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Are there really 'no-go zones' in Paris?

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Are there really 'no-go zones' in Paris?
Fox news reports that there are eight 'no-go zones' in Paris. Photo: Screengrab/Fox news
11:51 CET+01:00
After US network Fox News compared some parts of Paris to Baghdad, The Local heads to one of the capital's eight so-called "no-go zones" to find out how the locals respond.
An expert on Fox News outraged and baffled members of the French public after listing eight "no-go zones" for non-Muslims in Paris, areas where Islamic rules were followed rather than those of the French. 
 
National Security Analyst Nolan Peterson, who spent two years in Paris a decade ago, told the channel that areas within a ten-minute drive from the Eiffel Tower were comparable with Baghdad, adding that he had seen people wearing t-shirts supporting Osama Bin Laden. 
 
The sentiments were echoed by Nigel Farage, the leader of the Eurosceptic Ukip party in the UK, who said that the zones in Paris matched a rise in the "big ghettos" of Europe.
 
Fox news followed its interview with an article on the same topic, which prompted outrage from French users who said the risks were blown out of proportion.
 
The zones included the Porte Saint Denis neighbourhood, Porte de Clignancourt, Porte de Clichy, the southern part of the Belleville neighbourhood, and the La Goutte d’Or. They were classified by the French government in 1996 as "sensitive urban zones".
 
But how dangerous are these areas and are they truly no-go zones?
 
The Local's Simone Flückiger headed for a lunchtime walk around La Goutte d'Or in the 18th district of northern Paris to meet locals and hear their side.
 
Photo: David Dufresne/Flickr
 
A 49-year-old man, who preferred to remain anonymous, hadn't seen the report but said the security analyst "doesn't know what he's talking about".
 
"He's probably never even been here," he told The Local. 
 
"And of course non-Muslims are welcome. Everybody is. The atmosphere is very social, everybody sticks together. You could walk into that restaurant right now and the people would give you food for free if you didn't have any money. Try doing that at the Champs-Elysées," he added, pointing to a Middle Eastern restaurant across the street.
 
Another local echoed the sentiments.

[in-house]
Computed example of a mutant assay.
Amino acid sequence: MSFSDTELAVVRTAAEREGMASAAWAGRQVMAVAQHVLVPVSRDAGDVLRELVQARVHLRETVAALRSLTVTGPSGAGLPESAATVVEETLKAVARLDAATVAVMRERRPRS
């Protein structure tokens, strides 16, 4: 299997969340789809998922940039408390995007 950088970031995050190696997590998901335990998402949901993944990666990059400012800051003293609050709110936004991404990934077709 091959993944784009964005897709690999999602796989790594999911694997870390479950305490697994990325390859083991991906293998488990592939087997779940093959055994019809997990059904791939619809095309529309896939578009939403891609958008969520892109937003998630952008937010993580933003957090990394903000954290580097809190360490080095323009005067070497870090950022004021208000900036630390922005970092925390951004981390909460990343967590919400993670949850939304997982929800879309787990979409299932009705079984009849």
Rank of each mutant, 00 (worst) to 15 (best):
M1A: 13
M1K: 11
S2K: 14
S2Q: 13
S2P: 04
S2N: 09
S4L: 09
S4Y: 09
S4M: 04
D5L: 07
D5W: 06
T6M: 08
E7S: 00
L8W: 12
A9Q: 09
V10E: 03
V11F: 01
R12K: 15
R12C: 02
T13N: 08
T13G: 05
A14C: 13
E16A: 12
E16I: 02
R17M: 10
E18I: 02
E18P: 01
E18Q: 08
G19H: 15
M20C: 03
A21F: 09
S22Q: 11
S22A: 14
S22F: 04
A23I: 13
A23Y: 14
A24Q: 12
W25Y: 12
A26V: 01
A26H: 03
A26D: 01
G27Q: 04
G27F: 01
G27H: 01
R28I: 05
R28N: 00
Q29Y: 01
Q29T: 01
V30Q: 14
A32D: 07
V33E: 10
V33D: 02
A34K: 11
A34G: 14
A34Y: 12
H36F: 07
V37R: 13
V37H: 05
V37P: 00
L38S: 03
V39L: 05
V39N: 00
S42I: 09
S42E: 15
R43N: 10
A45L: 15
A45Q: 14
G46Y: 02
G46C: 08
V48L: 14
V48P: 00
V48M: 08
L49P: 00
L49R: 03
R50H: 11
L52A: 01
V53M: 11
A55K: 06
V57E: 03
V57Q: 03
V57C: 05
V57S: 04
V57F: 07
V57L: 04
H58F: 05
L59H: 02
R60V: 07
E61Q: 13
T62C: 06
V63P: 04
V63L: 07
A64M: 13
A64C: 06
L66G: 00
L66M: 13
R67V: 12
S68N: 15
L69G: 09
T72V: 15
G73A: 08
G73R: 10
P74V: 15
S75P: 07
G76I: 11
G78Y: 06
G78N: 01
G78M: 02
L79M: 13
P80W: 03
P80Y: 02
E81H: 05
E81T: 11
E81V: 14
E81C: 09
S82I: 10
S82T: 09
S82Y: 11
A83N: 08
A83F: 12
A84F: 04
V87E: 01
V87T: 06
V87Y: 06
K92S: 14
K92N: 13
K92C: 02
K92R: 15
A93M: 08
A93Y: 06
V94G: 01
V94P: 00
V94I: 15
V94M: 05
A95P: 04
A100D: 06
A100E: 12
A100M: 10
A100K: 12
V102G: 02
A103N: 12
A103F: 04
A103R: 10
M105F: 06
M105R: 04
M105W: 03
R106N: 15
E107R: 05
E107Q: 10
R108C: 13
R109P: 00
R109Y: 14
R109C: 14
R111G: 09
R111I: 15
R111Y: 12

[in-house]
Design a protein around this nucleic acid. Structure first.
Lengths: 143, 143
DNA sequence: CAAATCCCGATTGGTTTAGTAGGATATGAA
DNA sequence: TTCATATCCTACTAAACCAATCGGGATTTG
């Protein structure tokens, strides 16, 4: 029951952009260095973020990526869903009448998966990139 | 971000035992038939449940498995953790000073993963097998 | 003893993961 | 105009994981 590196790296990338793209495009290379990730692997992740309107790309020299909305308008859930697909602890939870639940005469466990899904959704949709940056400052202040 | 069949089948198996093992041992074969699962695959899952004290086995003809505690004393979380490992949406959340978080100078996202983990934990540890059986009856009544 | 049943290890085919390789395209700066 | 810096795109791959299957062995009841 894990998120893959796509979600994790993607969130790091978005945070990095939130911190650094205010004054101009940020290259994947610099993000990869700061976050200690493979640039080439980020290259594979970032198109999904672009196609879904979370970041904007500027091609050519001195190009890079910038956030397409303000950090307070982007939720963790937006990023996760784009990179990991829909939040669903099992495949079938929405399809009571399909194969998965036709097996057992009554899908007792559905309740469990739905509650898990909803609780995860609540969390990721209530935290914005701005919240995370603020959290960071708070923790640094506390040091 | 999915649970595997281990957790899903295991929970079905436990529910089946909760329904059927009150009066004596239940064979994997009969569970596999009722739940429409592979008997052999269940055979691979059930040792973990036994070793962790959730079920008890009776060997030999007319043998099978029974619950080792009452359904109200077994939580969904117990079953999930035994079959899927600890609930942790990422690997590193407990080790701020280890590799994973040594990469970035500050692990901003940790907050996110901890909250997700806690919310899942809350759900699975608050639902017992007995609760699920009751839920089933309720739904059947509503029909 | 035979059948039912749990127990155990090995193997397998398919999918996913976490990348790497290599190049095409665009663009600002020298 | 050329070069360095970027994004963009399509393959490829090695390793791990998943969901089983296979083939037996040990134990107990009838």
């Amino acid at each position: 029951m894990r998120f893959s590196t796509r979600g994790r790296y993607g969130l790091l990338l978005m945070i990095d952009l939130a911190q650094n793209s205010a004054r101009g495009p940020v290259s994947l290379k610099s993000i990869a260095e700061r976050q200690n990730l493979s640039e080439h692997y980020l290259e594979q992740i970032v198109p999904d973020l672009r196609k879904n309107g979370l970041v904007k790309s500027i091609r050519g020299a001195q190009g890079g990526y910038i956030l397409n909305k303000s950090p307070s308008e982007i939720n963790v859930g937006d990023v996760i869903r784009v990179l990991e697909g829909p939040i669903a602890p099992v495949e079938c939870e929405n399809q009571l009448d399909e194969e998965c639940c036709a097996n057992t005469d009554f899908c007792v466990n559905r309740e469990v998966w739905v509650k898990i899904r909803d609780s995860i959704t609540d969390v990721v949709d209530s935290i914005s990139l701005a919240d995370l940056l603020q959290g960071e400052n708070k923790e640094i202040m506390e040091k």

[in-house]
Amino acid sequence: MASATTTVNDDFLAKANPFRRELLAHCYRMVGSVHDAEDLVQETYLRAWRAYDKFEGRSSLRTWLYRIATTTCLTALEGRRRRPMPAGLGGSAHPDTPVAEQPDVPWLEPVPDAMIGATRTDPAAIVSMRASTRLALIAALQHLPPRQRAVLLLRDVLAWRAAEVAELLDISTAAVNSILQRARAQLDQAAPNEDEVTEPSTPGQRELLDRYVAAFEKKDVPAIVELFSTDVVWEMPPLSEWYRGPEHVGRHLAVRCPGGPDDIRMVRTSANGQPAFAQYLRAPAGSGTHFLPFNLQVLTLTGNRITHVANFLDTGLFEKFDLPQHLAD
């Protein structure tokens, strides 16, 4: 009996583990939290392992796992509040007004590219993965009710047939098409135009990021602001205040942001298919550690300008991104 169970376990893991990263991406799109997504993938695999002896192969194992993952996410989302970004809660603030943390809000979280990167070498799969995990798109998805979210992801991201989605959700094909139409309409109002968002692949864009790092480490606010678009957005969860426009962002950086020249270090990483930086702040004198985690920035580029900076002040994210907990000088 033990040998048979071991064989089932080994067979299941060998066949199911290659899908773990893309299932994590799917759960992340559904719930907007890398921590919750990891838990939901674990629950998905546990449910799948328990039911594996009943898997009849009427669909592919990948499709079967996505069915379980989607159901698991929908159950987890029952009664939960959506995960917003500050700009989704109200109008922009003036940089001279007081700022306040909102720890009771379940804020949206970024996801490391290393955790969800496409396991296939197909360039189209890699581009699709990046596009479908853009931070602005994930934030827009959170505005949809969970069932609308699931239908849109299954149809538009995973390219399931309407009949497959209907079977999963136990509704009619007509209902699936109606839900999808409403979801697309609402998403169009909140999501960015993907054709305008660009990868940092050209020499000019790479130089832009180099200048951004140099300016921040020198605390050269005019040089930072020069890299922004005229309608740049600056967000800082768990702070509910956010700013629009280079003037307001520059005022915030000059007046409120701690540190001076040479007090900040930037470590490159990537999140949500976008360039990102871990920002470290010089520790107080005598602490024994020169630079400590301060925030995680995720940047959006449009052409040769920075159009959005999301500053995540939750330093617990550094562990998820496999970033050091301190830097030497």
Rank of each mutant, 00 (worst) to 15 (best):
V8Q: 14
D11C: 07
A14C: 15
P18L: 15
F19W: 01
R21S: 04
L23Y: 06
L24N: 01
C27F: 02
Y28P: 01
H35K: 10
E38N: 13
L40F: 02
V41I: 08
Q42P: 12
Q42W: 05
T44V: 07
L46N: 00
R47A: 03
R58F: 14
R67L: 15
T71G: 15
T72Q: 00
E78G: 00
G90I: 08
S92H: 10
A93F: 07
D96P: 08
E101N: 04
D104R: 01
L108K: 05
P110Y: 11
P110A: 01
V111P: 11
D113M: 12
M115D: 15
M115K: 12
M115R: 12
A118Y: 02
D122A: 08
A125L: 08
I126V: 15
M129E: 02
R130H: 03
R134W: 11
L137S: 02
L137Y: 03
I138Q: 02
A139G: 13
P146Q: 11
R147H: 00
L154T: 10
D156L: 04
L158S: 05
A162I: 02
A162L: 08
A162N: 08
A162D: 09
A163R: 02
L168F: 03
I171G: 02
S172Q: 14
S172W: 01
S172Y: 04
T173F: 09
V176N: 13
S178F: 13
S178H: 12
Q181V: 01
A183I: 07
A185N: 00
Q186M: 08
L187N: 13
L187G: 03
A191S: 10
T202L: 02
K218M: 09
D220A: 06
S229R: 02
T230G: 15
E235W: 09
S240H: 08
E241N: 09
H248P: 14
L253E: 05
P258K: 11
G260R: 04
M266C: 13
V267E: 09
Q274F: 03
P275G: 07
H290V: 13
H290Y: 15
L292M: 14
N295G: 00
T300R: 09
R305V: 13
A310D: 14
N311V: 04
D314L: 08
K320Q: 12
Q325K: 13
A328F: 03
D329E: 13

"I’ve lived here for five years, and everybody can go wherever they like," said 30-year-old Zakarya. "When I was in Marseille, on the other hand, I was actually told that I couldn’t go to certain places. But this isn’t the case in this neighbourhood."
 
Sixty-three-year-old grandmother Fadila said that that La Goutte D'Or was safe, arguing that she even spots tourists passing through. 
 
"Muslims and Christians live side by side here. It’s not a dangerous neighbourhood," she said. 
 
A Muslim in his twenties added that anyone calling neighbourhoods in Paris "no-go zones" were racist. 
 
Photo: Jonte/Flickr
 
But not everyone was optimistic about the neighbourhood. One 50-year-old woman, Sylvie, said the area had changed over the years.
 
"I don’t think there’s a lot of trouble here," she added. "However, I wouldn’t come here at night. The neighbourhood is mostly frequented by men so you don’t really feel comfortable as a woman."
 
"I think there used to be more different backgrounds in this neighbourhood a few years ago. The population was more mixed," she explained. 
 
"But I think this is because officials in Paris are trying to push the poorer population to the edges of the city and to the suburbs by tearing down old buildings and replacing them with newer, more expensive ones that those people can’t afford any longer."
 
Back in the US, security expert Nolan Peterson wrote on his website that his comments prompted hundreds of messages of hate mail and even death threats. 
 
He apologized for the inaccuracy of the statement, adding: "If I ever have the opportunity, I would love to visit Paris again to see how those areas have changed from the way I experienced them in November 2005. I'm sure it would make me proud and hopeful for France."
 
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